Charles Bagot Cayley, the son of Henry Cayley, a Russian merchant, was a translator and classical scholar. His older brother Arthur was the Sadlerian Professor at Cambridge.
Cayley was educated at Mr Pollecary's school in Blackheath, King's College in London and Trinity College in Cambridge. He was a former Italian student of the Dante scholar Gabriele Rossetti. Cayley was at one point attached to his daughter, the poet Christina Rossetti, but their relationship came to an end because of differences in religious opinion, Cayley being agnostic whilst Christina Rossetti being a devout Anglican.
Cayley was responsible for the translation of many important texts into English, including the works of Aeschylus, Homer, Petrarch and Dante. Christina Rossetti's brother W. M. Rossetti, a good friend of Cayley, wrote concerning his translation of Dante's Divine Comedy, which was executed in original ternary rhyme, that 'when all imperfections have been allowed for, Cayley's version must be pronounced to be very considerably the best and most thorough rendering into English of the 'Commedia,' the one which, attempting most and aiming highest, reaches also furthest'.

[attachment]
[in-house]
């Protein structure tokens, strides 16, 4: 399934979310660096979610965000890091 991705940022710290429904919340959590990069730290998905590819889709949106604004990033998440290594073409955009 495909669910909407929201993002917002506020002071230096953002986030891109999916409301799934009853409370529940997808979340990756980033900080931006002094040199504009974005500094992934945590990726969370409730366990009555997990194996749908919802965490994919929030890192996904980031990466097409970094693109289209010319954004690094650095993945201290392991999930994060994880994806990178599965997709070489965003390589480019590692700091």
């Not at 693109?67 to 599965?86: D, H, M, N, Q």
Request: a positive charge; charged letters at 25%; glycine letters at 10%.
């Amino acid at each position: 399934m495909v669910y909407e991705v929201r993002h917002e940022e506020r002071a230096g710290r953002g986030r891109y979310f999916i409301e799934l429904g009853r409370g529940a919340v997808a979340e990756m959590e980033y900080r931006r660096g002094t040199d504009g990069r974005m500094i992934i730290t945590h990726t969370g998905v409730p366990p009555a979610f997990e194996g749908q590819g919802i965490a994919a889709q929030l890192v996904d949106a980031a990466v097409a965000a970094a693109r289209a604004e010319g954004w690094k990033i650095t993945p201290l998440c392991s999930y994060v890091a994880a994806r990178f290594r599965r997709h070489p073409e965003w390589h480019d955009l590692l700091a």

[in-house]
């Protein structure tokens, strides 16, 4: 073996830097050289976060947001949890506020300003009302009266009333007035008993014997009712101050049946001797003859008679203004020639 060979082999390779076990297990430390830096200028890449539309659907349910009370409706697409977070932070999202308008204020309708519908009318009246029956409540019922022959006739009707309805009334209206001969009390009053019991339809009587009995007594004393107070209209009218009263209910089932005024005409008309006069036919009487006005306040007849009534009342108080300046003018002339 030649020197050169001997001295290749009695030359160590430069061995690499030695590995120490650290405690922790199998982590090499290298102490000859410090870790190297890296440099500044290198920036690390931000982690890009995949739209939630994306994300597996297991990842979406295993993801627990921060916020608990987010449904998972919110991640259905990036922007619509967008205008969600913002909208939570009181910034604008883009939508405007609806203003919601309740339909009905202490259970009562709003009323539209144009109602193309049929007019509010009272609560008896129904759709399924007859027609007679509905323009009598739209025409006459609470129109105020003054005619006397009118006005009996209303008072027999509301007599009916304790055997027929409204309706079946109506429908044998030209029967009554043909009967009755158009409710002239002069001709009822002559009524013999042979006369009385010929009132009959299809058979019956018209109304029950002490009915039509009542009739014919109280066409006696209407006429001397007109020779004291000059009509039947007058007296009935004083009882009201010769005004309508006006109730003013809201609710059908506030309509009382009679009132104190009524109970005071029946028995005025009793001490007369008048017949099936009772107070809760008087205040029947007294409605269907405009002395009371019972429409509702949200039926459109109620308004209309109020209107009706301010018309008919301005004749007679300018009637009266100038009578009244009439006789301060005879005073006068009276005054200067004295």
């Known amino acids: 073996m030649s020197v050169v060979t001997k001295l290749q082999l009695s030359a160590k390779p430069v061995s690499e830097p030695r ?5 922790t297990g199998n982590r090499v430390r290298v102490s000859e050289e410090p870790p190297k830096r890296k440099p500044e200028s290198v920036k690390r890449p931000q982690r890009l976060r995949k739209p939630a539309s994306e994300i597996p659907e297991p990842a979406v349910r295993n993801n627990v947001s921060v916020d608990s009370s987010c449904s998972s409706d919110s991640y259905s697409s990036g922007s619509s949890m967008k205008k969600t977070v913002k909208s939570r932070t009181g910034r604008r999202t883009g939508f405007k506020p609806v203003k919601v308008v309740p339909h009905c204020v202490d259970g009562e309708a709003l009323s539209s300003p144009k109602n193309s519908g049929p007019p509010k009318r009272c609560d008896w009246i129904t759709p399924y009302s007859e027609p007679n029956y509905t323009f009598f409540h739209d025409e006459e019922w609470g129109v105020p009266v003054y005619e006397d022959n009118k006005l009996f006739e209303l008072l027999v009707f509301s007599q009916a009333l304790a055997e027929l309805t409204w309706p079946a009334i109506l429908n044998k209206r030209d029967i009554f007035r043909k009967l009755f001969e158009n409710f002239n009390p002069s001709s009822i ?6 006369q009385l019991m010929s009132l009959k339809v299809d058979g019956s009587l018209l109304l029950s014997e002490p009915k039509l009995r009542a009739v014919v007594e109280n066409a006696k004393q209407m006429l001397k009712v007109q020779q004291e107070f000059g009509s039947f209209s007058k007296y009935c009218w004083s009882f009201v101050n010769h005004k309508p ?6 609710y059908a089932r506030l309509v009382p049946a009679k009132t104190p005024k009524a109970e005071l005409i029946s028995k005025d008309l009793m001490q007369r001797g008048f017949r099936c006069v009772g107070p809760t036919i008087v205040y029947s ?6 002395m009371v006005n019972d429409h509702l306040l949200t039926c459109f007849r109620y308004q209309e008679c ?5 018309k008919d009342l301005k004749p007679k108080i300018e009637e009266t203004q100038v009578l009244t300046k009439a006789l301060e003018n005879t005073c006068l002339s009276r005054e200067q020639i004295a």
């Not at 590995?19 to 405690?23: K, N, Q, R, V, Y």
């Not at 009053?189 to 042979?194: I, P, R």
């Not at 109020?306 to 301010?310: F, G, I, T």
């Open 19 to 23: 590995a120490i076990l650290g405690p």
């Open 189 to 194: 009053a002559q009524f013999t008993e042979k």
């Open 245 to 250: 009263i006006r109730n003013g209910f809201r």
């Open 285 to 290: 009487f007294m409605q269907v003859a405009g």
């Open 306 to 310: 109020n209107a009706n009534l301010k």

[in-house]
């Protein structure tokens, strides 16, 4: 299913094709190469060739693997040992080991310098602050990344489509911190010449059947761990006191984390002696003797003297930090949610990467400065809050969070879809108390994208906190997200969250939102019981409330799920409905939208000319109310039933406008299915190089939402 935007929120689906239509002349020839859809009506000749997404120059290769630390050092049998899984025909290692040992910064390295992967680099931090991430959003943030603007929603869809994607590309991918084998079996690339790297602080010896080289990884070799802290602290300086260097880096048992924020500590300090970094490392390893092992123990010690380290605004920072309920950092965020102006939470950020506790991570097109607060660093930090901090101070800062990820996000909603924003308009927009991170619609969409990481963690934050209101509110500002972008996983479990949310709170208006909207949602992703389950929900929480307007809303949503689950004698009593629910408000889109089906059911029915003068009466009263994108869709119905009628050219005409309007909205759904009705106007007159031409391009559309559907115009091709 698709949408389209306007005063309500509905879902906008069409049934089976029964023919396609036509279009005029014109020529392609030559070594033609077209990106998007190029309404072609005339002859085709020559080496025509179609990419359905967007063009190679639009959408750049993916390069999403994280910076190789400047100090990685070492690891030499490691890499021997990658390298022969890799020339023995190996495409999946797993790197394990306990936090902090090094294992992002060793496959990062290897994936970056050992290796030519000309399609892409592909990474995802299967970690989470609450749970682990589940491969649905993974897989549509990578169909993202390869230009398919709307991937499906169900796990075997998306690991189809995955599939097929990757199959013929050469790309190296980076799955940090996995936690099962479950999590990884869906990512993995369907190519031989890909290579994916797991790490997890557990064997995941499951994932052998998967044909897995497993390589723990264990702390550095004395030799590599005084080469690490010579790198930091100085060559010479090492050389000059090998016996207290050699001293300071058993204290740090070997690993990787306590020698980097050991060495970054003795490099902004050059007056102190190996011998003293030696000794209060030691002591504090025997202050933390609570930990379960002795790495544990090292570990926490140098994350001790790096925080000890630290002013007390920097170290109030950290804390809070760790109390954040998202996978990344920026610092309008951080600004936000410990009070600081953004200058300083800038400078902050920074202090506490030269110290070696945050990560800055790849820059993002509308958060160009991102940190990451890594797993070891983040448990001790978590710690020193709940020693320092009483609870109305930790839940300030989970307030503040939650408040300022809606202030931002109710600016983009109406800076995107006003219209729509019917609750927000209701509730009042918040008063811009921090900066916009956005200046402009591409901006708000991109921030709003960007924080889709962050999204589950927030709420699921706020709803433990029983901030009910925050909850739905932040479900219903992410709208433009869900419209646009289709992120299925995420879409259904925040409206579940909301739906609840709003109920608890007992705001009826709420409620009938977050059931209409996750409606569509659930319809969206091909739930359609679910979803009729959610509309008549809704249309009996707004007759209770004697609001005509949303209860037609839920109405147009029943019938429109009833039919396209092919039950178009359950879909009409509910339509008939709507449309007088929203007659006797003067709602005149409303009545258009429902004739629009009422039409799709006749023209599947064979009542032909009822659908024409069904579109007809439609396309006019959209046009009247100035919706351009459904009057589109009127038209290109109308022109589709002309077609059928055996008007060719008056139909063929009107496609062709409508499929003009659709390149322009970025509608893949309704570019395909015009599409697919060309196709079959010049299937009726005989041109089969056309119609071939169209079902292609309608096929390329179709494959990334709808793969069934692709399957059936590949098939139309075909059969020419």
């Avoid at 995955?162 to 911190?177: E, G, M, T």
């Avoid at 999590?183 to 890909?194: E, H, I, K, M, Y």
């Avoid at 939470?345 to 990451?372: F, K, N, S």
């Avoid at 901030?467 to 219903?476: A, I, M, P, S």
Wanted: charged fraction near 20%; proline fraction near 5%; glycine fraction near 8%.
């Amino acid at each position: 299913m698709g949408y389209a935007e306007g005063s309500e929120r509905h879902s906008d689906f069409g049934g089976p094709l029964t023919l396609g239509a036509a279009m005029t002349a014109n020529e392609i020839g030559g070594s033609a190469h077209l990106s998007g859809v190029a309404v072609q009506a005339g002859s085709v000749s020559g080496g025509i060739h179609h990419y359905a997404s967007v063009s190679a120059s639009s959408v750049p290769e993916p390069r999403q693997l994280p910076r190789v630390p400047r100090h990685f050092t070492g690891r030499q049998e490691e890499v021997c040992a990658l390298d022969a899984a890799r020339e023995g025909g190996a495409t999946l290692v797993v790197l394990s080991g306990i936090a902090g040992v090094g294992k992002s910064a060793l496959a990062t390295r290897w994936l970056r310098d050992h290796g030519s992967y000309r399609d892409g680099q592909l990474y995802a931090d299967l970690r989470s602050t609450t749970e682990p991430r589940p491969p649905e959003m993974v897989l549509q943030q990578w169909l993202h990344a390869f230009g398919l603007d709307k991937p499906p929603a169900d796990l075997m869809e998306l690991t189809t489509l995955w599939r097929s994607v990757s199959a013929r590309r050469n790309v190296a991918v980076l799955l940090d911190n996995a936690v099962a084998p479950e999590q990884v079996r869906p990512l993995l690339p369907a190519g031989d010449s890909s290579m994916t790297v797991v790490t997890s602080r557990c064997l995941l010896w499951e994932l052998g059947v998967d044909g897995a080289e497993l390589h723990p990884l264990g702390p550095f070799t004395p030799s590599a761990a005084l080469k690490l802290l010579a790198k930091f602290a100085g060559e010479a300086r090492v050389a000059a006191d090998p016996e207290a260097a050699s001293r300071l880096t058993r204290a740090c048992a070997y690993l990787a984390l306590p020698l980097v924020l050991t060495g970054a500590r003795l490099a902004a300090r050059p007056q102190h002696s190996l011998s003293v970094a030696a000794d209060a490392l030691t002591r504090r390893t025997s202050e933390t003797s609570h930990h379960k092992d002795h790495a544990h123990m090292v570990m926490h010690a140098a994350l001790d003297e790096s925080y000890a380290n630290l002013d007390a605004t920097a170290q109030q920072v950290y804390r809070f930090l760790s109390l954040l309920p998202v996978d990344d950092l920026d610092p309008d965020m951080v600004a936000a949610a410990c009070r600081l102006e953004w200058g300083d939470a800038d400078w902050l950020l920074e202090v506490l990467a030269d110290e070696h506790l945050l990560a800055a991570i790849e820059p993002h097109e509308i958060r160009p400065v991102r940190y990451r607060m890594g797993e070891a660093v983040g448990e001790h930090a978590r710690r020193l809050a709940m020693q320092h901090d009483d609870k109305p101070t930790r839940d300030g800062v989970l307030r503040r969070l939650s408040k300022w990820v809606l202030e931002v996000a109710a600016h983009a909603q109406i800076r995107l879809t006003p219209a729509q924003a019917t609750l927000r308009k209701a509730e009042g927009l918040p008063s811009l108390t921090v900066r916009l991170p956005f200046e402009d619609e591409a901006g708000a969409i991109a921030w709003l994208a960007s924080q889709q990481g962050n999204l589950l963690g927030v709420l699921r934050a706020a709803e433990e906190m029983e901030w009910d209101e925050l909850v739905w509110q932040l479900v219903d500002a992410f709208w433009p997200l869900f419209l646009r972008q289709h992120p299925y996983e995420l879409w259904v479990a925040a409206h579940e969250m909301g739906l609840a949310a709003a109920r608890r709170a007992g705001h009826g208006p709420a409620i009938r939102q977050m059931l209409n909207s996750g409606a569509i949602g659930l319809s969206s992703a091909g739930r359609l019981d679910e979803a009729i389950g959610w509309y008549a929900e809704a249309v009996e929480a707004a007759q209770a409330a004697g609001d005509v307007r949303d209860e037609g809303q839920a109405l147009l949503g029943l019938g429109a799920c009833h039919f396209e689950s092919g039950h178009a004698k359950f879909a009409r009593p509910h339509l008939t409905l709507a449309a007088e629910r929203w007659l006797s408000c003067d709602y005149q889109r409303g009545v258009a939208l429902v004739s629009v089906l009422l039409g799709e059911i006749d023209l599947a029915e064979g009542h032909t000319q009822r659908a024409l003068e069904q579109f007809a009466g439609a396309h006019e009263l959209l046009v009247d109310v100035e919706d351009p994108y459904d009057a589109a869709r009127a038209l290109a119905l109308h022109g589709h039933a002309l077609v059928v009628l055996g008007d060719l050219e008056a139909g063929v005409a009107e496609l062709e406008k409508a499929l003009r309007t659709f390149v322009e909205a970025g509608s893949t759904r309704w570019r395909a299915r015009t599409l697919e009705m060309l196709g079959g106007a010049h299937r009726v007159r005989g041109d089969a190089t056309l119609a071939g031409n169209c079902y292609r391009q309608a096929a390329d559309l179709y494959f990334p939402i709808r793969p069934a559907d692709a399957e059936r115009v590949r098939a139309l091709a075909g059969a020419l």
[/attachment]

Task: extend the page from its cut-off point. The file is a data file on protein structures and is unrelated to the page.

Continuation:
Cayley, C. B. (trans.), Dante's Divine Comedy, 4 vols, London, 1851-55; Cayley, C. B., Psyche's Interludes, London, 1857; Cayley, C. B., The Psalms in Metre, London, 1860; Cayley, C. B. (trans.), Filippo Malincontri, or Student Life in Venetia: An Autobiography, 2 vols, London, 1861; Cayley, C. B. (trans.), Introduction to the Grammar of the Romance Languages, by Friedrich Diez, London, 1863; Cayley, C. B. (trans.), The Prometheus Bound of Aeschylus, London, 1867; Cayley, C. B. and Fernando Garrido, History of Religious and Political Persecutions, 2 vols, London, 1876; Cayley, C. B. (trans.), The Iliad of Homer, Homometrically Translated, London, 1877; Cayley, C. B. (trans.), The Sonnets and Stanzas of Petrarch, London, 1879; Who was Who: A Companion to Who's Who, London, 1920 et seq.